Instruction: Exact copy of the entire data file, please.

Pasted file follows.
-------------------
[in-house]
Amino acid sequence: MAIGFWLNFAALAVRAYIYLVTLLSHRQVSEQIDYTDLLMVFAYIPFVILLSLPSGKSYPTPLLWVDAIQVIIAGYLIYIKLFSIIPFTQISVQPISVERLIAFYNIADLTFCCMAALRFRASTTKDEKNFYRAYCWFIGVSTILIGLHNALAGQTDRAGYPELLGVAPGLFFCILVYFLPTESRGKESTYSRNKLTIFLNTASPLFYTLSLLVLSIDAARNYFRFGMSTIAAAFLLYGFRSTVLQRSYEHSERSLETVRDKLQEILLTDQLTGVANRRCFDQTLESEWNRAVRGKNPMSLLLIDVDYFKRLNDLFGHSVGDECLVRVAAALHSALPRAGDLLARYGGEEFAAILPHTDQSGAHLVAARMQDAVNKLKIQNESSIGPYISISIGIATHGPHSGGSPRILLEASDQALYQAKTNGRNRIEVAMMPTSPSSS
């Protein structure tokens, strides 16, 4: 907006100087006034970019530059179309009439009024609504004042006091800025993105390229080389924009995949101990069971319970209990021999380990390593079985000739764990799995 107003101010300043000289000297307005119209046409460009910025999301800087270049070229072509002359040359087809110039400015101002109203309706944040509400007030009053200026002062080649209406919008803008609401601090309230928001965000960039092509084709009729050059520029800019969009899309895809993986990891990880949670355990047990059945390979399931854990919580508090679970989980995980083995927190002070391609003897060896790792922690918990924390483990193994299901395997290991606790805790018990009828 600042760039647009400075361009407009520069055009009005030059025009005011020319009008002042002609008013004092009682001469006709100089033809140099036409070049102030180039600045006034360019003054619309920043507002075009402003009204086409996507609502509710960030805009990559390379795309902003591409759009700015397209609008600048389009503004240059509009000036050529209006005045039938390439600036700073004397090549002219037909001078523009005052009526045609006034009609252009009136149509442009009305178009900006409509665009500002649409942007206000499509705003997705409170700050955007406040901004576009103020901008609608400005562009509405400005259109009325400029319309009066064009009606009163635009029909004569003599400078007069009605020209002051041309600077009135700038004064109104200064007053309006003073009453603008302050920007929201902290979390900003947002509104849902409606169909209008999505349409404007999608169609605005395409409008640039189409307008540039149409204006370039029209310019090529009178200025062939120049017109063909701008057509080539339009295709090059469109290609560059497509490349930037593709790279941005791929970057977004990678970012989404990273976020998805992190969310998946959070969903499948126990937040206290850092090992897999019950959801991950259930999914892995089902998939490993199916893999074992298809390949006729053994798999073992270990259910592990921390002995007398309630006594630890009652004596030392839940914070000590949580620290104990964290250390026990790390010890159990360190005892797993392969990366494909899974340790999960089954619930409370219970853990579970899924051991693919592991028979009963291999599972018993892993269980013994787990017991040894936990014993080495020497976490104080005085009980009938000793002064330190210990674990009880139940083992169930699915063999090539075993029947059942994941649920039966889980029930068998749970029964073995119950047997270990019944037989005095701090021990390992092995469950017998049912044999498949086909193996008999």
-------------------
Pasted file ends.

[in-house]
Amino acid sequence: MAIGFWLNFAALAVRAYIYLVTLLSHRQVSEQIDYTDLLMVFAYIPFVILLSLPSGKSYPTPLLWVDAIQVIIAGYLIYIKLFSIIPFTQISVQPISVERLIAFYNIADLTFCCMAALRFRASTTKDEKNFYRAYCWFIGVSTILIGLHNALAGQTDRAGYPELLGVAPGLFFCILVYFLPTESRGKESTYSRNKLTIFLNTASPLFYTLSLLVLSIDAARNYFRFGMSTIAAAFLLYGFRSTVLQRSYEHSERSLETVRDKLQEILLTDQLTGVANRRCFDQTLESEWNRAVRGKNPMSLLLIDVDYFKRLNDLFGHSVGDECLVRVAAALHSALPRAGDLLARYGGEEFAAILPHTDQSGAHLVAARMQDAVNKLKIQNESSIGPYISISIGIATHGPHSGGSPRILLEASDQALYQAKTNGRNRIEVAMMPTSPSSS
């Protein structure tokens, strides 16, 4: 907006100087006034970019530059179309009439009024609504004042006091800025993105390229080389924009995949101990069971319970209990021999380990390593079985000739764990799995 107003101010300043000289000297307005119209046409460009910025999301800087270049070229072509002359040359087809110039400015101002109203309706944040509400007030009053200026002062080649209406919008803008609401601090309230928001965000960039092509084709009729050059520029800019969009899309895809993986990891990880949670355990047990059945390979399931854990919580508090679970989980995980083995927190002070391609003897060896790792922690918990924390483990193994299901395997290991606790805790018990009828 600042760039647009400075361009407009520069055009009005030059025009005011020319009008002042002609008013004092009682001469006709100089033809140099036409070049102030180039600045006034360019003054619309920043507002075009402003009204086409996507609502509710960030805009990559390379795309902003591409759009700015397209609008600048389009503004240059509009000036050529209006005045039938390439600036700073004397090549002219037909001078523009005052009526045609006034009609252009009136149509442009009305178009900006409509665009500002649409942007206000499509705003997705409170700050955007406040901004576009103020901008609608400005562009509405400005259109009325400029319309009066064009009606009163635009029909004569003599400078007069009605020209002051041309600077009135700038004064109104200064007053309006003073009453603008302050920007929201902290979390900003947002509104849902409606169909209008999505349409404007999608169609605005395409409008640039189409307008540039149409204006370039029209310019090529009178200025062939120049017109063909701008057509080539339009295709090059469109290609560059497509490349930037593709790279941005791929970057977004990678970012989404990273976020998805992190969310998946959070969903499948126990937040206290850092090992897999019950959801991950259930999914892995089902998939490993199916893999074992298809390949006729053994798999073992270990259910592990921390002995007398309630006594630890009652004596030392839940914070000590949580620290104990964290250390026990790390010890159990360190005892797993392969990366494909899974340790999960089954619930409370219970853990579970899924051991693919592991028979009963291999599972018993892993269980013994787990017991040894936990014993080495020497976490104080005085009980009938000793002064330190210990674990009880139940083992169930699915063999090539075993029947059942994941649920039966889980029930068998749970029964073995119950047997270990019944037989005095701090021990390992092995469950017998049912044999498949086909193996008999």